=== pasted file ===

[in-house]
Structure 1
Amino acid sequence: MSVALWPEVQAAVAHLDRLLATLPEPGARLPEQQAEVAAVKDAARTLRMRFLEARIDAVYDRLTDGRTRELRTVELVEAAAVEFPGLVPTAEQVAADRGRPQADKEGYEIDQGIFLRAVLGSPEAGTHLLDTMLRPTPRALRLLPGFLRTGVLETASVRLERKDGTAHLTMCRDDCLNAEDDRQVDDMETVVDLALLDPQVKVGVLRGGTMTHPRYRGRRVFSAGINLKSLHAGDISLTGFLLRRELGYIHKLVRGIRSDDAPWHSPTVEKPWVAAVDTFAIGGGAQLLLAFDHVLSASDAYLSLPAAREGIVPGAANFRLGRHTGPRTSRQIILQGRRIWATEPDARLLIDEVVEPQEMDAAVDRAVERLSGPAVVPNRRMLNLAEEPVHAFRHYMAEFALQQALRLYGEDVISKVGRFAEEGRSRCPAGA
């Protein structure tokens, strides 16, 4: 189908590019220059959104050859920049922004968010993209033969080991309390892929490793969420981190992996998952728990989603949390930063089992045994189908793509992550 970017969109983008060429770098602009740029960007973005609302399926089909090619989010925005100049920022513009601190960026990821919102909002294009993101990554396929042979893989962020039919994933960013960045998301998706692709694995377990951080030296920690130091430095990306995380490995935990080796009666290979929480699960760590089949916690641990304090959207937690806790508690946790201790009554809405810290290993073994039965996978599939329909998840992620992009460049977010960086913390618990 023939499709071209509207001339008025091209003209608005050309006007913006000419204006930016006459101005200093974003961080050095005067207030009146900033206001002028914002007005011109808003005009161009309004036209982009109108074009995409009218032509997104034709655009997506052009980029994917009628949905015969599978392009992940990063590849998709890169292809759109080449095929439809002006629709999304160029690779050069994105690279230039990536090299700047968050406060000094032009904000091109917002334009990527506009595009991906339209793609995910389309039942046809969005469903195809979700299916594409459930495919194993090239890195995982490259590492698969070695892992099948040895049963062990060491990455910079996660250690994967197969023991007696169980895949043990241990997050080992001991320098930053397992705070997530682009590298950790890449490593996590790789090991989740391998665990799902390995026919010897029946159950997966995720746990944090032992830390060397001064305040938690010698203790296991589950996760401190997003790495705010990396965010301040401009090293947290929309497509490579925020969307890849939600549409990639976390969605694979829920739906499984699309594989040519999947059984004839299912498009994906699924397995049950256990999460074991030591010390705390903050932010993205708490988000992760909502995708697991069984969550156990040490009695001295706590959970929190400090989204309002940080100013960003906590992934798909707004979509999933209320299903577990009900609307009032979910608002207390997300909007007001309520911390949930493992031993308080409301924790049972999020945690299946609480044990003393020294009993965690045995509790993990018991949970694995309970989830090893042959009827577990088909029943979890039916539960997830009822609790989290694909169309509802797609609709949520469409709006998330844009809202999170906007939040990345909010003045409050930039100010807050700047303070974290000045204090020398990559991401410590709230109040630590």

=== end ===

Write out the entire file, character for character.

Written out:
[in-house]
Structure 1
Amino acid sequence: MSVALWPEVQAAVAHLDRLLATLPEPGARLPEQQAEVAAVKDAARTLRMRFLEARIDAVYDRLTDGRTRELRTVELVEAAAVEFPGLVPTAEQVAADRGRPQADKEGYEIDQGIFLRAVLGSPEAGTHLLDTMLRPTPRALRLLPGFLRTGVLETASVRLERKDGTAHLTMCRDDCLNAEDDRQVDDMETVVDLALLDPQVKVGVLRGGTMTHPRYRGRRVFSAGINLKSLHAGDISLTGFLLRRELGYIHKLVRGIRSDDAPWHSPTVEKPWVAAVDTFAIGGGAQLLLAFDHVLSASDAYLSLPAAREGIVPGAANFRLGRHTGPRTSRQIILQGRRIWATEPDARLLIDEVVEPQEMDAAVDRAVERLSGPAVVPNRRMLNLAEEPVHAFRHYMAEFALQQALRLYGEDVISKVGRFAEEGRSRCPAGA
């Protein structure tokens, strides 16, 4: 189908590019220059959104050859920049922004968010993209033969080991309390892929490793969420981190992996998952728990989603949390930063089992045994189908793509992550 970017969109983008060429770098602009740029960007973005609302399926089909090619989010925005100049920022513009601190960026990821919102909002294009993101990554396929042979893989962020039919994933960013960045998301998706692709694995377990951080030296920690130091430095990306995380490995935990080796009666290979929480699960760590089949916690641990304090959207937690806790508690946790201790009554809405810290290993073994039965996978599939329909998840992620992009460049977010960086913390618990 023939499709071209509207001339008025091209003209608005050309006007913006000419204006930016006459101005200093974003961080050095005067207030009146900033206001002028914002007005011109808003005009161009309004036209982009109108074009995409009218032509997104034709655009997506052009980029994917009628949905015969599978392009992940990063590849998709890169292809759109080449095929439809002006629709999304160029690779050069994105690279230039990536090299700047968050406060000094032009904000091109917002334009990527506009595009991906339209793609995910389309039942046809969005469903195809979700299916594409459930495919194993090239890195995982490259590492698969070695892992099948040895049963062990060491990455910079996660250690994967197969023991007696169980895949043990241990997050080992001991320098930053397992705070997530682009590298950790890449490593996590790789090991989740391998665990799902390995026919010897029946159950997966995720746990944090032992830390060397001064305040938690010698203790296991589950996760401190997003790495705010990396965010301040401009090293947290929309497509490579925020969307890849939600549409990639976390969605694979829920739906499984699309594989040519999947059984004839299912498009994906699924397995049950256990999460074991030591010390705390903050932010993205708490988000992760909502995708697991069984969550156990040490009695001295706590959970929190400090989204309002940080100013960003906590992934798909707004979509999933209320299903577990009900609307009032979910608002207390997300909007007001309520911390949930493992031993308080409301924790049972999020945690299946609480044990003393020294009993965690045995509790993990018991949970694995309970989830090893042959009827577990088909029943979890039916539960997830009822609790989290694909169309509802797609609709949520469409709006998330844009809202999170906007939040990345909010003045409050930039100010807050700047303070974290000045204090020398990559991401410590709230109040630590």